Baker, DeWitt may fumble away second-base job

The Cubs are cautioning people not to take anything for granted as far as the second-base battle goes.

Coming into camp, team officials acknowledged that the likely shakeout would be a platoon between Jeff Baker, a right-handed hitter, and Blake DeWitt, a lefty.

Through two weeks of games, no one was stepping up.

DeWitt was off to a 4-for-22 (.182) start and was having trouble in the field to the point where he was taking extra work. DeWitt came up through the Dodgers system as a third baseman. Baker is more of a platoon player who hit much better against left-handed pitching last year.

One name to watch is Darwin Barney, who came up last year and impressed the Cubs in 30 games. Even if Barney doesn't win the starting job, the Cubs have said they want their backup infielder to be able to play shortstop, and Barney fits the bill.

Non-roster man Augie Ojeda, who played for the Cubs from 2000 to 2003, is in camp. He's not much of a hitter, but he's a sure-handed fielder who also can play short.

The Cubs are not averse to handing a job to a young player. In 2007, Ryan Theriot took the starting shortstop job early in the season.


--RHP Esmailin Caridad and LHP John Gaub were the first cuts of spring training, both getting optioned to Class AAA Iowa. It's a different spring for Caridad, who was handed a job almost at the outset of spring training last year. He wound up with elbow problems and in the minor leagues.

--LHP John Grabow, trying to come back from knee problems last year, is battling tightness in his pitching shoulder. Grabow entered last weekend having not pitched since the Cactus League opener on Feb. 27. "It's nothing serious," said manager Mike Quade. "We're just being careful."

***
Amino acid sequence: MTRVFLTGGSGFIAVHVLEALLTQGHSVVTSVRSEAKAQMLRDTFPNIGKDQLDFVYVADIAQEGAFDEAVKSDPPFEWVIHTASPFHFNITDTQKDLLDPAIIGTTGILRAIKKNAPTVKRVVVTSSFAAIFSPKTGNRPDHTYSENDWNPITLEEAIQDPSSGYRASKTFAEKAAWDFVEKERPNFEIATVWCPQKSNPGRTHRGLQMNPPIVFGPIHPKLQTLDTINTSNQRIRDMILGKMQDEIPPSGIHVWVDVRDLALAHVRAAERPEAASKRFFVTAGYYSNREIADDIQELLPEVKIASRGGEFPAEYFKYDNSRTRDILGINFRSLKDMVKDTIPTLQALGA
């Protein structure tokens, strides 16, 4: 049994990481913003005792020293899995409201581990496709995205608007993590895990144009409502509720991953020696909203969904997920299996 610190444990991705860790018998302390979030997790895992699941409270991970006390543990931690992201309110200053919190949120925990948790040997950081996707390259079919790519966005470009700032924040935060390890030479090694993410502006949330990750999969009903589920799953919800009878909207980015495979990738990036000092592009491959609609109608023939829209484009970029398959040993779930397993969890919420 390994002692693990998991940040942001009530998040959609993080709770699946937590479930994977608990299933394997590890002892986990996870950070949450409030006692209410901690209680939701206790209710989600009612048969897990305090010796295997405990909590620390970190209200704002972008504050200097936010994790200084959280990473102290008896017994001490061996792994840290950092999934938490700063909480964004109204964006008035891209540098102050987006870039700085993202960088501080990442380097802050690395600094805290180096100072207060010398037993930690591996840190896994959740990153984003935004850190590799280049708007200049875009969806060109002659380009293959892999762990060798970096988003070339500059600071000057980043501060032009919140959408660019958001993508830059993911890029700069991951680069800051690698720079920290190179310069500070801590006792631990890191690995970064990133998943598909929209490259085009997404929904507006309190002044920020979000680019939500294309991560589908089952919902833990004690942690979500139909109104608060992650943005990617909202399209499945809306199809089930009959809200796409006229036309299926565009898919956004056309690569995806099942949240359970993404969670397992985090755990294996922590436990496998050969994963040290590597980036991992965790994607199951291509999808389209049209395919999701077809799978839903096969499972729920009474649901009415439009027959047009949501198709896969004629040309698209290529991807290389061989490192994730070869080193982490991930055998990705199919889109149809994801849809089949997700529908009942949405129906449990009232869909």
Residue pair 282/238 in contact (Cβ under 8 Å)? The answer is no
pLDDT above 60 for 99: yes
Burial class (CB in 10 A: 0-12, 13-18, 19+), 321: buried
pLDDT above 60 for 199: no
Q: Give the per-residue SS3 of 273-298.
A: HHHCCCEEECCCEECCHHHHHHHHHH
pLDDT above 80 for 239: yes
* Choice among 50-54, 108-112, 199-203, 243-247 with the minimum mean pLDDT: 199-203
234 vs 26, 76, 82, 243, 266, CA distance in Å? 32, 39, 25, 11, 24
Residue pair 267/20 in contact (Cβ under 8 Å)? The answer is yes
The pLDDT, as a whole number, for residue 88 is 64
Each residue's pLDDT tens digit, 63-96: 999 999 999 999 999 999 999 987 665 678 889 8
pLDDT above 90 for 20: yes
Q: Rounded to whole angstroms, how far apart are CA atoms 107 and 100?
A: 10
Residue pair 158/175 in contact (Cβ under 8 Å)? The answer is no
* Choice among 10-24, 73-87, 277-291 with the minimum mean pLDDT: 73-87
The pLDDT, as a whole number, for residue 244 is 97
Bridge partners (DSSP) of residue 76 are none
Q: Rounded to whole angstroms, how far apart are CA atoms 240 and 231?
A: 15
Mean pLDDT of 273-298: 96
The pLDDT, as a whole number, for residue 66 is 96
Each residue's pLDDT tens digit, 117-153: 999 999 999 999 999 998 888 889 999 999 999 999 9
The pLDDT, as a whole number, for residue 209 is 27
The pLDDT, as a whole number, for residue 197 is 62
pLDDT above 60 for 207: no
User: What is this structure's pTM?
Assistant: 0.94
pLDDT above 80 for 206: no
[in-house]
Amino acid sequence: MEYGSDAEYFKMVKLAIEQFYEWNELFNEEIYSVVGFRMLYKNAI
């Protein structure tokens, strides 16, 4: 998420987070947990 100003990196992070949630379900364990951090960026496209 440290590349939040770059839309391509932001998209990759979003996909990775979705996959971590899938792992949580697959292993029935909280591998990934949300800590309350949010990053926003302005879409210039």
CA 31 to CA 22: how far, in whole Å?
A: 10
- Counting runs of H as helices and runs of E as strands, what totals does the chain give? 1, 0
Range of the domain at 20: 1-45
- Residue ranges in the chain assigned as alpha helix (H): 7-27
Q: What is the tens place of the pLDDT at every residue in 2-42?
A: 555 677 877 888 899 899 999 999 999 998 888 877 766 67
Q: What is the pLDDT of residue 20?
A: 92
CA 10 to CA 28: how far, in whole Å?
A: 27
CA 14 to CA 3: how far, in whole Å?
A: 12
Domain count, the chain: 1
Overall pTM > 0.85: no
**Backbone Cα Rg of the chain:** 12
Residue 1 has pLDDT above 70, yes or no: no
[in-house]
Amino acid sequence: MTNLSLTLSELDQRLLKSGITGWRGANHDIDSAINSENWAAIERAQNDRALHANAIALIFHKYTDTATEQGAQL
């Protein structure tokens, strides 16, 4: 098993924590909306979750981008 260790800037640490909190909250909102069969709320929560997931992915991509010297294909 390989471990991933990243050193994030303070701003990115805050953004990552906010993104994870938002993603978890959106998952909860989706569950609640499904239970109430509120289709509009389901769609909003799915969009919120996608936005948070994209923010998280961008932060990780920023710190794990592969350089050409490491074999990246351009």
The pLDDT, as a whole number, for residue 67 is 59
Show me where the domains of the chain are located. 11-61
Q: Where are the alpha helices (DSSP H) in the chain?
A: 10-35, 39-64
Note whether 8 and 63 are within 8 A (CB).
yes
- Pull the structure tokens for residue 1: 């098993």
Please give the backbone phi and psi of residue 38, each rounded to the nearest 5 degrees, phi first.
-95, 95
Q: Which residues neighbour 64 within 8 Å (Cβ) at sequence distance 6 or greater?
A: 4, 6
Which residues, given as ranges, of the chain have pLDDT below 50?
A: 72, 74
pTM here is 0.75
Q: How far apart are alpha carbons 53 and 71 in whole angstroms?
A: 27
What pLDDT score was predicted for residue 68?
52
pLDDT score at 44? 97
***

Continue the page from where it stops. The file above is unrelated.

--RHP Andrew Cashner is getting stretched out to start, even during relief outings. He worked the final four innings of a game against Cleveland, and he gave up three hits and a run while striking out three.

"My goal ... was to try to get guys out on four pitches or less, and I really cut down on my walks," Cashner said after walking one. "It was a big building day for me." It's not known when Cashner will get a spring start.

--1B Carlos Pena went almost two weeks into the Cactus League season before hitting his first home run. Pena, who hit just .196 last year with Tampa Bay, was off to a .118 (2-for-17) start in spring training. He hit 28 homers last year and said his work this spring with hitting coach Rudy Jaramillo is going well. The Cubs would seem happy if Pena can get his batting average up to the .240 range and hit at least 30 home runs.

--RHP Matt Garza got off to a rocky start. Garza, obtained in a trade with Tampa Bay in January, finished the week 0-2 with a 14.85 ERA. More troubling is that Garza had walked as many as he had struck out (five) in 6 2/3 innings. Manager Mike Quade said he's not worried and thinks Garza might be trying to prove too much with his new team. "When that bell dings in April, I'm going to be ready to go," Garza said.

BY THE NUMBERS: 48 -- Walks coaxed by Cubs hitters in the first 14 games of spring training. Their team on-base percentage was .342. Last year, the Cubs were 11th in OBP (.320) and 14th in walks (479).

QUOTE TO NOTE: "You can't throw them out. These are the best outings to learn from." -- Garza after giving up five runs in the first inning of a start against the Royals.

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